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January 29, 2013

Operation Infinite Patience: January 29, 2013

Killers roughly manhandle striped dolphin before slaughterKillers roughly manhandle a
striped dolphin before slaughter
Photo: Sea Shepherd
Trainers lifted and threw the dolphins into the pen as if they were nothing more than replaceable property- not the intelligent creatures they really are.

Cruelty, carnage, and blood never stop in Taiji. In the last nine days, the killers have taken 271 peaceful and majestic dolphins from their home in the ocean. Of those 271, 217 have been viciously slaughtered, and 54 were taken captive where they will be treated as nothing more than a dollar sign.

On January 17th not one, but two pods of dolphins were driven into the Cove by the Taiji dolphin killers.  Half of the killing boats drove a small pod of Risso’s dolphins into the Cove before they were hastily slaughtered and the boats returned to sea to join the rest of the killing fleet. A pod of 14-16 Striped dolphins were then driven into the Cove, where they would become entangled in nets and killers would forcefully unraveled them.  In the end, death would have its day, as the entire Striped dolphin pod would also be slaughtered. Only the lifeless bodies of both pods would ever meet under the tarps of skiffs that transported both pods out of the cove destined for the butcher house.

Blood continued to run heavily on January 18th. The bloodthirsty dolphin killers would attempt to drive a very large pod of Striped dolphins toward Taiji. Part of the pod escaped, leaving 58-60 dolphins to become trapped and slaughtered within the Cove. After the Striped dolphins had been brutally killed, their dead bodies were carelessly piled onto skiffs and disassembled on the Taiji butcher house floor.

After 38 Bottlenose dolphins were netted into the Cove on January 20th, killers and trainers from all three captive facilities in Taiji left the harbor for the Cove via killing boat. Once the trainers were in the Cove and the selection process began, so did the chaos of fear. Members of the Bottlenose pod repeatedly tried to elude trainers and killers through nets, but were only successful in getting entangled and run over by skiffs due to the killer’s frustrations.

That day, killers and trainers incarcerated 13 Bottlenose dolphins for nothing more than swimming past Taiji. The remaining 25 dolphins were then slaughtered one-by-one while one member of the pod watched in horror on the killing shore, as it’s family struggled and died as it waited for a skiff to transport it to the Taiji harbor pens.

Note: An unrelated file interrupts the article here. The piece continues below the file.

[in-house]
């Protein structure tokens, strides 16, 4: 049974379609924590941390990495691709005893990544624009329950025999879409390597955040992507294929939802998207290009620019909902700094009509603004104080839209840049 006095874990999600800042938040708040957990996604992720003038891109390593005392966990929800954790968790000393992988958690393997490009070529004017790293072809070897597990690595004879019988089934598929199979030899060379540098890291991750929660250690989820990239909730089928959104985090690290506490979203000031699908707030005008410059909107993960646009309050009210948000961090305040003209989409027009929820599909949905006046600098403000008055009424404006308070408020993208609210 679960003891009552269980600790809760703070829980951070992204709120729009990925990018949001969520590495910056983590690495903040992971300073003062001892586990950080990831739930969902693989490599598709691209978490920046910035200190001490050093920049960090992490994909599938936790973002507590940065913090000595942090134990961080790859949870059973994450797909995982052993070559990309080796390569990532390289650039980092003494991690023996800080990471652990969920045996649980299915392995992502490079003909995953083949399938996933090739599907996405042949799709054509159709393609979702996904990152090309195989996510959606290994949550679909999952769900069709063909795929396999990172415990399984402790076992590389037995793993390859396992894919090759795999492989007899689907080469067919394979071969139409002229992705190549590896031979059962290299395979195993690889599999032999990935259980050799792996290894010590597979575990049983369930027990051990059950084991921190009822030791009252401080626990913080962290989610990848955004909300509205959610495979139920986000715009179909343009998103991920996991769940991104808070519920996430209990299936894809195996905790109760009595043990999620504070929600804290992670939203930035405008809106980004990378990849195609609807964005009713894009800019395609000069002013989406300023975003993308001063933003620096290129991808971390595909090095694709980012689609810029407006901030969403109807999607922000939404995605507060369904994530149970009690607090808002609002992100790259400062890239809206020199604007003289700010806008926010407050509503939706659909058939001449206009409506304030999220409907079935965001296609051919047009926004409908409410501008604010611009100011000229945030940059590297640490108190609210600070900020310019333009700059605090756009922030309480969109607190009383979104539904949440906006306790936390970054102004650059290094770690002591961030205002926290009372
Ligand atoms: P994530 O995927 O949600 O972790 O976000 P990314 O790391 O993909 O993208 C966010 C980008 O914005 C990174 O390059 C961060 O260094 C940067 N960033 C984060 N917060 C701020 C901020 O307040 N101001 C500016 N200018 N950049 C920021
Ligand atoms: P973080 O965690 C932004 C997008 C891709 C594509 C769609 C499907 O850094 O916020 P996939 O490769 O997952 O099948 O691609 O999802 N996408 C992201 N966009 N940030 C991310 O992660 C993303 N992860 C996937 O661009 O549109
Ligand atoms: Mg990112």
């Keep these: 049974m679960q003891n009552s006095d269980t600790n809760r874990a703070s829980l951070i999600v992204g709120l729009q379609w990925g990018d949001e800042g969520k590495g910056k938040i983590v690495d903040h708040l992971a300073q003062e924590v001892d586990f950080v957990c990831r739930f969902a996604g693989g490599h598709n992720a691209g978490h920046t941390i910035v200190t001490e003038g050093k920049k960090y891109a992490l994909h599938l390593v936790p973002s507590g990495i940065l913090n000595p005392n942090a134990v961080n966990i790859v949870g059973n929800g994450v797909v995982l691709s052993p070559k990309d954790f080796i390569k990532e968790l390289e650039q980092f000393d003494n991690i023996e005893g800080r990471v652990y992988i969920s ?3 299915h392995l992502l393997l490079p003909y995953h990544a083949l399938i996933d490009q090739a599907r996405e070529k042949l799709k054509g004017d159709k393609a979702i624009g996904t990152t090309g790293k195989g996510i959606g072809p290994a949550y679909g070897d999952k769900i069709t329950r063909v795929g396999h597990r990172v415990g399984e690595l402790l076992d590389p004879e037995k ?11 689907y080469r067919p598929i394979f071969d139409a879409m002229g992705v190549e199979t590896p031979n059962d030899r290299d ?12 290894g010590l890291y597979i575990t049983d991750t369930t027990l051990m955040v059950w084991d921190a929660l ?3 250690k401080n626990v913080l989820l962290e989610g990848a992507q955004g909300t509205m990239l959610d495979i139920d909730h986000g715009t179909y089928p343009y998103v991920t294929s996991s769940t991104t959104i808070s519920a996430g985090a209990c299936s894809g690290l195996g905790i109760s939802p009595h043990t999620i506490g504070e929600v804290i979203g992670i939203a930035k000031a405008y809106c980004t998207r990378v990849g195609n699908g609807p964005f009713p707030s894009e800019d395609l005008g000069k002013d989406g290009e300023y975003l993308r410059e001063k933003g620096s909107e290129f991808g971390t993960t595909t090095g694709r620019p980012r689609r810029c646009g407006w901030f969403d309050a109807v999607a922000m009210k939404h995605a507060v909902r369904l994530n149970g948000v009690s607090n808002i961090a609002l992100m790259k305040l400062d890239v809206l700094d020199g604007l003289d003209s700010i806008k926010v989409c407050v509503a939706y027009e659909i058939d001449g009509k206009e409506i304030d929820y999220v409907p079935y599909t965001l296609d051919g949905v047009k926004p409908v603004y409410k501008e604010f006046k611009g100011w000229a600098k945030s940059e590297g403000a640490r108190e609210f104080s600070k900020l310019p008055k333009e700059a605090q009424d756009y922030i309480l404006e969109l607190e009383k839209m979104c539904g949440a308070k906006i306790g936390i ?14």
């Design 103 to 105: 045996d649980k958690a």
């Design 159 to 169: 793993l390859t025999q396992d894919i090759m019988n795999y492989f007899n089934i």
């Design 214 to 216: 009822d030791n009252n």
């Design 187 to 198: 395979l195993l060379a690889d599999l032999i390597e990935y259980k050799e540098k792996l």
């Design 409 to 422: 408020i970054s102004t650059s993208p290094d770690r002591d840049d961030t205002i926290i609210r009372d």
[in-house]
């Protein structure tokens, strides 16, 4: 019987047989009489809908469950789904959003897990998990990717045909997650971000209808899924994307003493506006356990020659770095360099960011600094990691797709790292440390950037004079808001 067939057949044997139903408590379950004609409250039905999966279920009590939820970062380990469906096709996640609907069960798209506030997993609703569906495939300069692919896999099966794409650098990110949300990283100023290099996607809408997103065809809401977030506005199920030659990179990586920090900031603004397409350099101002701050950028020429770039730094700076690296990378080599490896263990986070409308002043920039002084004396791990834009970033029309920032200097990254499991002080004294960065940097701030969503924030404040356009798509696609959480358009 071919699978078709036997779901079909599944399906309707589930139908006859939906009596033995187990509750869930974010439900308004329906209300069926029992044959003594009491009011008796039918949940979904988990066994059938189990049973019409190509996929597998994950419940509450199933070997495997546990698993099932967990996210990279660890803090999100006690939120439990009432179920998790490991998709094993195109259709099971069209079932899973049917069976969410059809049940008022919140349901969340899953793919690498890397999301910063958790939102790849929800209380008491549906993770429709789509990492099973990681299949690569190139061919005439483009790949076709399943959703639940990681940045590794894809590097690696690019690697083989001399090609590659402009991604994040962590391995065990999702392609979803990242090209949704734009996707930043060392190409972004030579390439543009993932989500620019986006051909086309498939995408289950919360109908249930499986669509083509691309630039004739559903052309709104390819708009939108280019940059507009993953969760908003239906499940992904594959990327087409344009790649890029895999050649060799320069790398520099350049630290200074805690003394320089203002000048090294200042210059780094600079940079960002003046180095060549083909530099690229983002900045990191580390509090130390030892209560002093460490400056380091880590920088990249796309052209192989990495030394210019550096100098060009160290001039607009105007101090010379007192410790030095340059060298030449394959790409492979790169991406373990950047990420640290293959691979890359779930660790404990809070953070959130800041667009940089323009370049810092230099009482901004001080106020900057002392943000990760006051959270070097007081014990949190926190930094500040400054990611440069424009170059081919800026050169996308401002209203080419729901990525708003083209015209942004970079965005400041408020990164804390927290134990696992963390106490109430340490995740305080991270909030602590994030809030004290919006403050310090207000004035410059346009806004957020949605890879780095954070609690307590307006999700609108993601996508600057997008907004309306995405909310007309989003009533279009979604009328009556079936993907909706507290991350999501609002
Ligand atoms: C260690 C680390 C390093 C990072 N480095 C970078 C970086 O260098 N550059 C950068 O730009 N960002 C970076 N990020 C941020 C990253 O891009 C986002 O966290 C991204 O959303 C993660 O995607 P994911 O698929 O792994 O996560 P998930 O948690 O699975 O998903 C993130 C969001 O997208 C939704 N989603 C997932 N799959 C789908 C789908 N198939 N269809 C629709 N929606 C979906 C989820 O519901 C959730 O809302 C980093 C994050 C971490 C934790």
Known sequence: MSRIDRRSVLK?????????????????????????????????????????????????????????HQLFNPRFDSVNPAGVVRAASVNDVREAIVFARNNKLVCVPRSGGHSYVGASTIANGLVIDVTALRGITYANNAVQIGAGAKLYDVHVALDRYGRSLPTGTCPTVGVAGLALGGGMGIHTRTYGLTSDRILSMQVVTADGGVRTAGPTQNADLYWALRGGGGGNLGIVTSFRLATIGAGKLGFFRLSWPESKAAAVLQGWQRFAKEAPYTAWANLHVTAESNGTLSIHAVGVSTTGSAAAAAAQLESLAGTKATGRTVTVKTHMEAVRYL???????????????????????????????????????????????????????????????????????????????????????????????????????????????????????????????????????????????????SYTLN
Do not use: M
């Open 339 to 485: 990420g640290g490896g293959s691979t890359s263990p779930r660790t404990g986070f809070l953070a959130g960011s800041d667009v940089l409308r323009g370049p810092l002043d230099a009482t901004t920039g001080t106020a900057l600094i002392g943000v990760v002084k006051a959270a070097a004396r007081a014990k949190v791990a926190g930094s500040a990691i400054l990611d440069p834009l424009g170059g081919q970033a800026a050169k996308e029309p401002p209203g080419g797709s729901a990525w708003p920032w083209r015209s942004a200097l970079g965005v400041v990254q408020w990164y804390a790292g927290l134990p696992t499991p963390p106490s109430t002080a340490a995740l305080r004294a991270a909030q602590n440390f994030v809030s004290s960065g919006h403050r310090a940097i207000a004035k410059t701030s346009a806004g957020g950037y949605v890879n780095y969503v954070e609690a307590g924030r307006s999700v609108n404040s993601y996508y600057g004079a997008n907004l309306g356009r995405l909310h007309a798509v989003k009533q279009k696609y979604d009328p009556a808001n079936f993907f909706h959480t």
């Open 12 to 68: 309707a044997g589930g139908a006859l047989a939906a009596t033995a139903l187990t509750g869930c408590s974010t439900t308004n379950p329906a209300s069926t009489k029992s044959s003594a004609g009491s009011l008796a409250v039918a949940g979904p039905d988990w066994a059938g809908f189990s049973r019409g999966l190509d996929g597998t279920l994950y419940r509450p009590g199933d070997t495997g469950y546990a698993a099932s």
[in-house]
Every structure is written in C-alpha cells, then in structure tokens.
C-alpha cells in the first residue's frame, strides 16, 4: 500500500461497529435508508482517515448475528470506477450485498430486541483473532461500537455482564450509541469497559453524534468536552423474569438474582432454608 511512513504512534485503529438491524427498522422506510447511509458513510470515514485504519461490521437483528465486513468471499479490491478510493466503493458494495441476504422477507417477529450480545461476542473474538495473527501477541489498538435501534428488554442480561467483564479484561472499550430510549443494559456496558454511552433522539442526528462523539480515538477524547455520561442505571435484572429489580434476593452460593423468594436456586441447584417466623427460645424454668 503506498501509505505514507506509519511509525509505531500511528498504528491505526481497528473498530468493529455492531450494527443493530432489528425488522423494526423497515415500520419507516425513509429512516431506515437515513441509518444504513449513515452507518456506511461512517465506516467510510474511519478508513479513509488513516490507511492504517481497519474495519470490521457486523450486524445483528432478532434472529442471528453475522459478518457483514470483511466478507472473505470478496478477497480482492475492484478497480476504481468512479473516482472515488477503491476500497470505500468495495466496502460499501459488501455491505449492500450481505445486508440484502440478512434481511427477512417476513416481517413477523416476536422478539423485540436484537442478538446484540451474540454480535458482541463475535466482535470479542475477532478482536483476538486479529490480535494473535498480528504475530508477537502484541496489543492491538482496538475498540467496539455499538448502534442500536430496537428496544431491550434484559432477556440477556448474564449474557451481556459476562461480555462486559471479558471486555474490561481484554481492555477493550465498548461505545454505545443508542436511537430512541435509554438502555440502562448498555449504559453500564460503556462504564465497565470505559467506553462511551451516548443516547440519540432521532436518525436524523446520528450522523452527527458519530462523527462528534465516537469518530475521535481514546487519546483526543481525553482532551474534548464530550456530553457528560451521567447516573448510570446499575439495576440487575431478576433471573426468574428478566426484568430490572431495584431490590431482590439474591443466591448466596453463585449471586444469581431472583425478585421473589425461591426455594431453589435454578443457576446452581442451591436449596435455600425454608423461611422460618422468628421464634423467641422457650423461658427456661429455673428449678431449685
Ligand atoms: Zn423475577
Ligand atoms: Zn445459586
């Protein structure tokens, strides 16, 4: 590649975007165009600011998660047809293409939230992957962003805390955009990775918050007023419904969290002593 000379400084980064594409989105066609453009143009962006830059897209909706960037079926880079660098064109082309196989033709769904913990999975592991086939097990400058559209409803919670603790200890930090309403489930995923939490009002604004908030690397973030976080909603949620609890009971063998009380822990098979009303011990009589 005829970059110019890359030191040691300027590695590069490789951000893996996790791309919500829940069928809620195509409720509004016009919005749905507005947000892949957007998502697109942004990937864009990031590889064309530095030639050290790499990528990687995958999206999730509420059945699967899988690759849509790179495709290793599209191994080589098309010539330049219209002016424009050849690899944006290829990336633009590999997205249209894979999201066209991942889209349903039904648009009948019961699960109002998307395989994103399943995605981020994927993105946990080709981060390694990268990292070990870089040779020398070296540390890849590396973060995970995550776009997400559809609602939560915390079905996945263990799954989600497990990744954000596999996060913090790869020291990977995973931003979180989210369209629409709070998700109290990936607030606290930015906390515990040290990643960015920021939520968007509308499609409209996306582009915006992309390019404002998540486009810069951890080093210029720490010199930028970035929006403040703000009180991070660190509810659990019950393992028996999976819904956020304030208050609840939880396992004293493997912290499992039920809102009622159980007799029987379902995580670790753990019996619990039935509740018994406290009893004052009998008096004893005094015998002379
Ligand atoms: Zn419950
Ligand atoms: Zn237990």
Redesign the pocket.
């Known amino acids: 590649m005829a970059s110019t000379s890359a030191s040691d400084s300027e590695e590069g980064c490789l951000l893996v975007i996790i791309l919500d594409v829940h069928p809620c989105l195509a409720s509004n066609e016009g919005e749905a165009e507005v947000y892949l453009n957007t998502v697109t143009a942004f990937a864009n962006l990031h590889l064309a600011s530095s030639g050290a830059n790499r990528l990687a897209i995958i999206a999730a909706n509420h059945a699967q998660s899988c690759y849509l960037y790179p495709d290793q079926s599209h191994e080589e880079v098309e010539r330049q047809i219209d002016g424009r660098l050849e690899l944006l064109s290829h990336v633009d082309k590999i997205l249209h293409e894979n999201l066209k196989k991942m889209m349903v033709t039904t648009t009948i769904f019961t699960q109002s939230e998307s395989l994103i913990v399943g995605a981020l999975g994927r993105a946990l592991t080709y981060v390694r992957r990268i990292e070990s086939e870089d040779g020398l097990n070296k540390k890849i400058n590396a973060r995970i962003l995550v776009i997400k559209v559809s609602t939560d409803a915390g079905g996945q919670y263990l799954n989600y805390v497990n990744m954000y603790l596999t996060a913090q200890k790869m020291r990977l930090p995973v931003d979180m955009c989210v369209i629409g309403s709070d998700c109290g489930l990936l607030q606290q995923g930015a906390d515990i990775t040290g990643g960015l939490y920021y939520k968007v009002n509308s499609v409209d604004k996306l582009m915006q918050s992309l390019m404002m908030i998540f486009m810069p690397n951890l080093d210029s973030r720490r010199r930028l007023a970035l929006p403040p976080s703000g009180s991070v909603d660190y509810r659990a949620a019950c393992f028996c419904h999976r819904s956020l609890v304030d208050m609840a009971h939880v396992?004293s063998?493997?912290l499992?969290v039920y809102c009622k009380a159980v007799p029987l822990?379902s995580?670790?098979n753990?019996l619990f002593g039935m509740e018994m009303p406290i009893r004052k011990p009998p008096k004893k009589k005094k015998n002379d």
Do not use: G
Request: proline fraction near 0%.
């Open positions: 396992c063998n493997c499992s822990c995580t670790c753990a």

On January 21st, the dolphin killers discovered the first pod of Pantropical Spotted dolphins of this hunting season. The pod consisted of 52-54 dolphins, including juveniles. Trainers from all three dolphin facilities were in the Cove to hand-rip 25 Pantropical Spotted dolphins from their family. The emotional and physical stress put on the dolphins at this time was immense. After the drive into the Cove and the brutal selection process, where many members of the pod became entangled in nets as they tried to escape captivity, two members of the pod died in the Taiji Harbor pens after they were selected to spend the rest of their lives in a small tank. In addition, one juvenile Pantropical Spotted dolphin would die after killers took it out of the Cove on skiff. The dolphin was seen bleeding and thrashing so violently that the skiff turned around to dump it on the killing shore for slaughter.

For the Pantropical Spotted dolphins who made it out of the Cove, destined for a depressive life in captivity, their introduction to a small pen was not a gentle one. Trainers and killers lifted and threw them into the pen as if they were nothing more than replaceable property – not for the intelligent creatures they really are.

Two dolphin killers toss newly captive Pantropical Spotted dolphin into harbor pen, dolphin dies thirty minutes laterTwo dolphin killers toss a newly captive Pantropical Spotted dolphin
into harbor pen, the dolphin dies thirty minutes later
Photo: Sea Shepherd

The rest of the pod was seen as unfit for captivity, and as a result 26-28 Pantropical Spotted dolphins lost their lives within the confines of the bloody Cove waters.